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December 07, 2009



"they would have to conclude that the theory of evolution as taught today can't be true"

This happens pretty consistently. Especially when microbiological evidence started to become available in the 70s is showed a lot of the theory of that time was off, sometimes significantly so. Every time a new hominid shows up it seems to rearrange all our best guesses about hominid history, and if we find a way to get DNA evidence out of those finds it may well do it again. Of course, some hypotheses have been reinforced, even "proven" by new evidence. We thought that hyenae and canids split apart from one-another before felids and and hyenae, and then by studying gene variants we show that it must have been so. If hyenae and canids had shared gene mutations but hyenae and felids did not, out understanding of carnivore phylogeny would have been decisively overthrown. Recovered protein and DNA analyses have been showing that punctuated equilibrium is markedly more characteristic than classic gradualism, constraining the timeframes over which selective pressure could work, and forcing theorists to avail themselves of much less time when positing potential evolutionary mechanisms.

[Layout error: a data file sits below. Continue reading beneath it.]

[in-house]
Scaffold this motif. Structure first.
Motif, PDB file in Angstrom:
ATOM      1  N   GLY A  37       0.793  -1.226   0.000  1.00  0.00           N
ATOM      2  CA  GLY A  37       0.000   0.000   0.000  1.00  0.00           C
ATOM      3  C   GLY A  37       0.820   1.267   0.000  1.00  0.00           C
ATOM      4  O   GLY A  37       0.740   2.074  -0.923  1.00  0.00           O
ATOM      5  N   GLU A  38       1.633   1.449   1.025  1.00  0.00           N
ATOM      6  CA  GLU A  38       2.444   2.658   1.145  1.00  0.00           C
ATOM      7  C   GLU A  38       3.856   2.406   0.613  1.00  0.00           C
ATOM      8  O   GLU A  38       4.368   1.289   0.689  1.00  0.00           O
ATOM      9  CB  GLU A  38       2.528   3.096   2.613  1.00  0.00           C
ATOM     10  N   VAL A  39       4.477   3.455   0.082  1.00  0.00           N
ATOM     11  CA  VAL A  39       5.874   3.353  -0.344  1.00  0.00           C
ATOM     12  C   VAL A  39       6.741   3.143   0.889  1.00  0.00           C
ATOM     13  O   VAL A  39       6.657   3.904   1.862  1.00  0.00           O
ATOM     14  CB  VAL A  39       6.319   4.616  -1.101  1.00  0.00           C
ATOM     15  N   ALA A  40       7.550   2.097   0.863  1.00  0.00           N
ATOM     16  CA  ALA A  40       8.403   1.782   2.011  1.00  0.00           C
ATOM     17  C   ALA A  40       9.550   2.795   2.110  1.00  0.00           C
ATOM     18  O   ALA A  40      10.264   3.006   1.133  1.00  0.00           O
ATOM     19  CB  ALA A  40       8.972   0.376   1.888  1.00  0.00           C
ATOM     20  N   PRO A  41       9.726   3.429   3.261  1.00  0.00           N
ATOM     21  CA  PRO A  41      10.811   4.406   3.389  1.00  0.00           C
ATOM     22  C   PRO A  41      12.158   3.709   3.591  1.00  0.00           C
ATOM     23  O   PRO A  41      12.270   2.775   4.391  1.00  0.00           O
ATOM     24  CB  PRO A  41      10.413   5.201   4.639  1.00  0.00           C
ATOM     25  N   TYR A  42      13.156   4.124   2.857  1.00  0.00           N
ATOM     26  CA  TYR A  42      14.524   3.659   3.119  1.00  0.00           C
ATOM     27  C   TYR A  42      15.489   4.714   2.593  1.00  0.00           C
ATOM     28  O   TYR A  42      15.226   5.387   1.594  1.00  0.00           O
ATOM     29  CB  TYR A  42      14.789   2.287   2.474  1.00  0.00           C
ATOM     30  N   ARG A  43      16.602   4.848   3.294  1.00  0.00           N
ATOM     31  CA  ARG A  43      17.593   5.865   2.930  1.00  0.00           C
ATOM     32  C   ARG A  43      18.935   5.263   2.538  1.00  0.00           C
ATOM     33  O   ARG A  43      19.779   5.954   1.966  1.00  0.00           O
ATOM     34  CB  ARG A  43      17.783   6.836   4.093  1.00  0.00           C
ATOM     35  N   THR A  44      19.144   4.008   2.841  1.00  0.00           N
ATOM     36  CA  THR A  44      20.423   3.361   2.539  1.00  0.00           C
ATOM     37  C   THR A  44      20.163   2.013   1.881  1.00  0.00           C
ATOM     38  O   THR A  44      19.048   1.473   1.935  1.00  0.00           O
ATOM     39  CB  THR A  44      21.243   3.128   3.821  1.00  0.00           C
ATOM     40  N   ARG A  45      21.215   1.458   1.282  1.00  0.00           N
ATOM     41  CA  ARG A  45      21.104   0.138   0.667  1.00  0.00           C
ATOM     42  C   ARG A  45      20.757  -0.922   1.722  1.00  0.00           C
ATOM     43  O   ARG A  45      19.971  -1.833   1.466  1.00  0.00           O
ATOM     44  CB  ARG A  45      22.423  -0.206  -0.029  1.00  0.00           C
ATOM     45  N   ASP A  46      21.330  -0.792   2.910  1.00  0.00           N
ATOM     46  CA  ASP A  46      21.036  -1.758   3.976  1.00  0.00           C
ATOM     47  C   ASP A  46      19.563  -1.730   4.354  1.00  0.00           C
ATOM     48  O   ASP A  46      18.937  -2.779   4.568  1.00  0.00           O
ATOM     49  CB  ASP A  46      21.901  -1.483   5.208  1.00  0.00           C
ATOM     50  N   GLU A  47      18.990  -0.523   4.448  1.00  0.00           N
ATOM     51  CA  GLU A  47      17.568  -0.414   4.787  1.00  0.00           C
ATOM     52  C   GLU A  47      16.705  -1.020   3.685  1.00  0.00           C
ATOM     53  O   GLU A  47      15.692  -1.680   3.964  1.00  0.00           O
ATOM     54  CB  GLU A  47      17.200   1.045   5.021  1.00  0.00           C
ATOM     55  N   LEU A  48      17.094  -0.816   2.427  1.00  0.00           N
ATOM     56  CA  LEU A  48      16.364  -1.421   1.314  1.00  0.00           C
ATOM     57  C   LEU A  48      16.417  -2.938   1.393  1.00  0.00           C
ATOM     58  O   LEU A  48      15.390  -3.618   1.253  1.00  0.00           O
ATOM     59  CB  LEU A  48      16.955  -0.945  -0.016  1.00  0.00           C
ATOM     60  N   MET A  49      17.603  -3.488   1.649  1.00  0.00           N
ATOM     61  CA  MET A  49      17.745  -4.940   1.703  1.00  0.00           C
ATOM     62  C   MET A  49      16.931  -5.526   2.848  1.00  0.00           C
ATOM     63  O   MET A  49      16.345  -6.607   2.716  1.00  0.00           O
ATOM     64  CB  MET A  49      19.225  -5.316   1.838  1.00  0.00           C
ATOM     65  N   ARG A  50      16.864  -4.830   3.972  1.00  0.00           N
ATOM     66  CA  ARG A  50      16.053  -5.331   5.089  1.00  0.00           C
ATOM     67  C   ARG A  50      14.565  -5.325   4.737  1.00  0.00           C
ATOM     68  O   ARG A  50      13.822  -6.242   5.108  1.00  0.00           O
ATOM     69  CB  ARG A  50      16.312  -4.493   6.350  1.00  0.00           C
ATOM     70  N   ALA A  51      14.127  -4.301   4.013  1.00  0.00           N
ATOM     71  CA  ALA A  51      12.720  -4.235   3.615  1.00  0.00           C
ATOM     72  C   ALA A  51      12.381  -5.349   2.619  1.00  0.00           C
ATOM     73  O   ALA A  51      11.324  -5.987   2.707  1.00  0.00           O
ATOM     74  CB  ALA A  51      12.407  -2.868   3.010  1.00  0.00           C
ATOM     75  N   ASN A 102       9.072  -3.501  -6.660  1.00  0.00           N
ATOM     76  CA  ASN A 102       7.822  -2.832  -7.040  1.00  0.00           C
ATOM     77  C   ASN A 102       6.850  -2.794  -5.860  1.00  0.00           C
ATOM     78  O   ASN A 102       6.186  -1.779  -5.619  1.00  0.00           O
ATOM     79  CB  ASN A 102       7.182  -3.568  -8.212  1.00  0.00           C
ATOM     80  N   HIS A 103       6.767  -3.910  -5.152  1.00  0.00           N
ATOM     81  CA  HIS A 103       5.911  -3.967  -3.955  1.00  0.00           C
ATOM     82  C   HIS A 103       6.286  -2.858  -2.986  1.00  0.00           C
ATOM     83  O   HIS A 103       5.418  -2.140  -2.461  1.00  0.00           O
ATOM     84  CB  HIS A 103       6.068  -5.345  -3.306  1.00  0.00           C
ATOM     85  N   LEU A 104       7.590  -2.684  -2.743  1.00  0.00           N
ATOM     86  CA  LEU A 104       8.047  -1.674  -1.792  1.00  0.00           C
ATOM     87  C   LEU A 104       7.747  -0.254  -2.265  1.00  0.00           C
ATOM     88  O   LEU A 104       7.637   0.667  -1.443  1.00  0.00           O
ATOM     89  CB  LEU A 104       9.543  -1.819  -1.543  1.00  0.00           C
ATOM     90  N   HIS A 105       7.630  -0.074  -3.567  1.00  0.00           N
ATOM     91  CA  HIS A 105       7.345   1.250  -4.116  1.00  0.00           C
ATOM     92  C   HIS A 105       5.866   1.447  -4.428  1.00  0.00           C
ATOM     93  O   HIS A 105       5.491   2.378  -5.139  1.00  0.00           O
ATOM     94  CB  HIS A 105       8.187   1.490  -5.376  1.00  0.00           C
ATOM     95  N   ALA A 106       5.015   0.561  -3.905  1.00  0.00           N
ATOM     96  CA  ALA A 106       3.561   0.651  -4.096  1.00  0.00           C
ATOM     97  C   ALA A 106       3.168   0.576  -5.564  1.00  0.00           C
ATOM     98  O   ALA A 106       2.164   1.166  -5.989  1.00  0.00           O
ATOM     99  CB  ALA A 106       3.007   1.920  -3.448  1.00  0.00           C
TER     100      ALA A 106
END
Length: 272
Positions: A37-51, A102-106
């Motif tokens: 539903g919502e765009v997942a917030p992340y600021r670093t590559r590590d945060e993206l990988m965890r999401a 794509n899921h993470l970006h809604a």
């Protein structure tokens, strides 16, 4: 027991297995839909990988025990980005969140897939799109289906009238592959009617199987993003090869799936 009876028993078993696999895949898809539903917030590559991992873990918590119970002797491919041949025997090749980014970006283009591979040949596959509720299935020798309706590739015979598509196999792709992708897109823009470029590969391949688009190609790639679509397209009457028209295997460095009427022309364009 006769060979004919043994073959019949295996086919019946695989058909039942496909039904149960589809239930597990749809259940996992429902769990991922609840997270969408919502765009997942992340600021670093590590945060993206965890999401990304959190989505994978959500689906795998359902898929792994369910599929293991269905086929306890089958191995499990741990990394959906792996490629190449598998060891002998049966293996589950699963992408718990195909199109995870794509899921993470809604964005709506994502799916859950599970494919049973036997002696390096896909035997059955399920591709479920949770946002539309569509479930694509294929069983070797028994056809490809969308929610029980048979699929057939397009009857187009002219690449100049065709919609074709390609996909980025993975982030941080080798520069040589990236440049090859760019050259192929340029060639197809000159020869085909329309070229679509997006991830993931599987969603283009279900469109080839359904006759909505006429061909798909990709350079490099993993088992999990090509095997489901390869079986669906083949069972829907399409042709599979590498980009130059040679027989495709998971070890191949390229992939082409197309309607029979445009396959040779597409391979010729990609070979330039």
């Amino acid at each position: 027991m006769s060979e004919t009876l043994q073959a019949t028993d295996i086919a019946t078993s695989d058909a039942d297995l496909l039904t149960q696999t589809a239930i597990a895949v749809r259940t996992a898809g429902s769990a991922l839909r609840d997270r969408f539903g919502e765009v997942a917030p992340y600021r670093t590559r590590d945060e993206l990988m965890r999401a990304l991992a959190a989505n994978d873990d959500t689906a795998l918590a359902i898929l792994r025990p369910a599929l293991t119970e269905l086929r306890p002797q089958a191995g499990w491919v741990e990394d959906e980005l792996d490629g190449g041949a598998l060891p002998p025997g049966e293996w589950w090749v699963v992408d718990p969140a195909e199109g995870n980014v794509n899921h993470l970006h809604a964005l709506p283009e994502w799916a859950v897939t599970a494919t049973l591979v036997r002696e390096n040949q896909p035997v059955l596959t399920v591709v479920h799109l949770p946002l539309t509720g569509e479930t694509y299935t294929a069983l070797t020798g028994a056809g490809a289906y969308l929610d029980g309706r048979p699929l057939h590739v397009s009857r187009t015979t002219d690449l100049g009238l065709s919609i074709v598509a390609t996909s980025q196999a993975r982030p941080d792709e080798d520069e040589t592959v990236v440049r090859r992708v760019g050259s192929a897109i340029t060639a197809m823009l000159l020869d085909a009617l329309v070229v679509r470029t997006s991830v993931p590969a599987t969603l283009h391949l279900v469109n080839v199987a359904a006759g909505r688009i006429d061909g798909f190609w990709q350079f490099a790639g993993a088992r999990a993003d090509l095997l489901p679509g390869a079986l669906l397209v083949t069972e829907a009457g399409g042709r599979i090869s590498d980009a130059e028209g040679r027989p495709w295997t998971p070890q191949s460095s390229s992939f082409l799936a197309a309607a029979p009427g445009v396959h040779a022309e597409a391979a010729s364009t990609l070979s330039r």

The history, of course, is in many way far more firmly established than mechanism. As Nathan points out, it can be hard to determine if a proposed dynamic would really be sufficient to yield the advertised effect. There's a great deal of work under way to examine the characteristic mutations defining clades in an attempt to more clearly decide what changes actually occurred leading to a critical speciation event, but we're certainly a ways from understanding the dynamics of mutations. They are certainly not as simple and unvariegated as once assumed, and we now understand that if they had been, very little interesting evolution would have happened.

Nathan is right in suspecting that a certain amount of the airy assertions offered by biological historians are ill-supported, but I think he's wrong to think that we have few ways of testing said assertions. It's a bit frustrating because the evidence turns up (or doesn't) more like that in a murder investigation than in the easily reproducible experiments of chemistry or physics. Nevertheless, evidence - sometimes quite dispositive evidence - does eventuate.

Siding Augusta

yeah, I agree to that idea. just for the thought that the scenario is a proof that it may perhaps unreal.


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